We had a table of tables, if that makes sense.

The table, the grid, and it had each different table, and it showed the reward system which each child won.

Now, which group, which table group, had the highest mean? So if you look at Table A, Maria had six, Ava had 10, and Hassan had five.

So six add 10 add five is equal to 21, and there are three children sat at the table, so 21 divided by three is equal to seven.

So the mean for Table A, or the average for Table A, was seven.

Okay.

Next table then, Table B.

Toby had two, Stanley had eight, Aliyah had one, and Maria had one.

So the total for that table is two add eight add one add one, which is equal to 12, and there are four children sat at that table, so 12 divided by four is equal to three.

And then let's have a look at Table C.

So Sonia had two rewards, Devak had eight rewards, and Omar had eight, and if we add them up, two add eight add eight is equal to 16.

So Table C received 16 as a total, but there are three children sat at that table, sorry, Table A, table.

Let's start again.

Table C received two add eight add eight, which is equal to 18, 18 rewards as a total for Table C, and there are three children sat on Table C, so 18 divided by three is equal to six.

So Table C had a mean of six.

And then let's look at Table D.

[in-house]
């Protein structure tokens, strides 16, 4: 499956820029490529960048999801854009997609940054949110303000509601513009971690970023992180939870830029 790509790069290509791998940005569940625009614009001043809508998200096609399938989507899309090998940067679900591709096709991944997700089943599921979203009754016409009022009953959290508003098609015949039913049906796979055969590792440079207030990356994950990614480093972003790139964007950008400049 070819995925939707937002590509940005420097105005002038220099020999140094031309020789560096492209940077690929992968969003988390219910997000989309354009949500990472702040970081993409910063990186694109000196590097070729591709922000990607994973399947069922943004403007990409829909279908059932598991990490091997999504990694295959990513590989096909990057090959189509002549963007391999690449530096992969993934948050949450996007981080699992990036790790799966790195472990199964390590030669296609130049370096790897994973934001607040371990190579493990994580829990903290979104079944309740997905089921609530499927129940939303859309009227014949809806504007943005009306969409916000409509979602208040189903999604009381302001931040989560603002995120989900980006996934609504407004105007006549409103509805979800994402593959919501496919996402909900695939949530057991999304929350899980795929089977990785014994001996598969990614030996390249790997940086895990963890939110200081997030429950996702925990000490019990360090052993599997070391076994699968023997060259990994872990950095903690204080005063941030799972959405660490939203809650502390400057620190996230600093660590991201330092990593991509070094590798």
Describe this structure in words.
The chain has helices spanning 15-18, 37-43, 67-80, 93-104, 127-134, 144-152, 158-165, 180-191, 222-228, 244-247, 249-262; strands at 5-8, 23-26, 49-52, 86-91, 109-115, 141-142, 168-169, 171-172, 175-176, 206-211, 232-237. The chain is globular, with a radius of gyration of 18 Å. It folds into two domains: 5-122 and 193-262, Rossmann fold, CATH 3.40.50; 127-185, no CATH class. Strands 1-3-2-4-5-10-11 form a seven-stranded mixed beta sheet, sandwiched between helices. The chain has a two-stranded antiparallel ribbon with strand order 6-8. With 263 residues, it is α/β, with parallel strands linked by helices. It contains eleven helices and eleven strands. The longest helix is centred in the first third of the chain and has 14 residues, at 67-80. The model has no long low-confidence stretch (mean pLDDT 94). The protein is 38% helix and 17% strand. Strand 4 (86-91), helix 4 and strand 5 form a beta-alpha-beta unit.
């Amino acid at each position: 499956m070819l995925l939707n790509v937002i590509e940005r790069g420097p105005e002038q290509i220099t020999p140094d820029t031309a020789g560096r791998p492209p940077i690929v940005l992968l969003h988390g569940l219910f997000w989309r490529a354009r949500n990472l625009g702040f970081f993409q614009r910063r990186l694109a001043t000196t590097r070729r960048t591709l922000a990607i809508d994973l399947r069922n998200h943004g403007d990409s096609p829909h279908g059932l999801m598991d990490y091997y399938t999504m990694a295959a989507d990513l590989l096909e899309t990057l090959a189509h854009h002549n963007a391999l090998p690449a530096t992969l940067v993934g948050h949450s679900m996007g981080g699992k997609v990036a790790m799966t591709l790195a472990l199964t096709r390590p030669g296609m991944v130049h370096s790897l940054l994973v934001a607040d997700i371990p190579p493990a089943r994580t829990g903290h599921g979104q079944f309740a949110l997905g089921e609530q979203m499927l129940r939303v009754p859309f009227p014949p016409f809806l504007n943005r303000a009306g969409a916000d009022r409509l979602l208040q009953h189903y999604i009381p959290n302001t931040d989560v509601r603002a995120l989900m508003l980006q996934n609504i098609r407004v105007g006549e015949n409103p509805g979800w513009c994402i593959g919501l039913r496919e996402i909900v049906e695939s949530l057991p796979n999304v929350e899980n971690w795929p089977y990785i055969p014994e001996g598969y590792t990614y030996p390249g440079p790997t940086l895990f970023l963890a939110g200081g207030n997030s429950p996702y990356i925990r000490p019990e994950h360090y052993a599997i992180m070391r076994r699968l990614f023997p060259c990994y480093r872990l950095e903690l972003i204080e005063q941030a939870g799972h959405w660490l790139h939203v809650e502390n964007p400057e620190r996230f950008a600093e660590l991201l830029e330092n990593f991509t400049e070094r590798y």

Tia received four rewards, Brody four, Ali nine, and Dalia seven.

So you got four add four add nine add seven, which is equal to 24.

So the total for Table D was 24, but we want to know the average so it's fair.

And there are four children sat on that table, so 24 divided by four is equal to six.

Well done if you said six.

Table E, Rhean scored five, Evie seven, Maya five, and Caleb 11, whew, Caleb scored 11.

And the total for Table E was 28, and there are four children sat on that table, so 28 divided by four is equal to seven.

So Table E's mean, or average, score was seven.

Okay.

So Table A had a mean score of seven, Table B had a mean, or an average, score of three.

What was the mean, or average, for Table C? Six.

What about Table D? Six.

And Table E? Seven.

So it says which group had the highest mean, or the highest average? A and E.

So if it was extra play time, it will be tables A and tables E going outside.

So well done, Table A and well done Table E.

Table B's got a lot of catching up to do.

Okay, well done.

If you would like to share your work with us here at Oak National, then please do ask your parent or carer to share your work for you on Twitter, tagging @OakNational and to use the hashtag LearnwithOak.

Well done on all the brilliant learning that you have completed today in our session.

Now I'm just going to ask you to go and complete the quiz based on today's learning.

Good luck.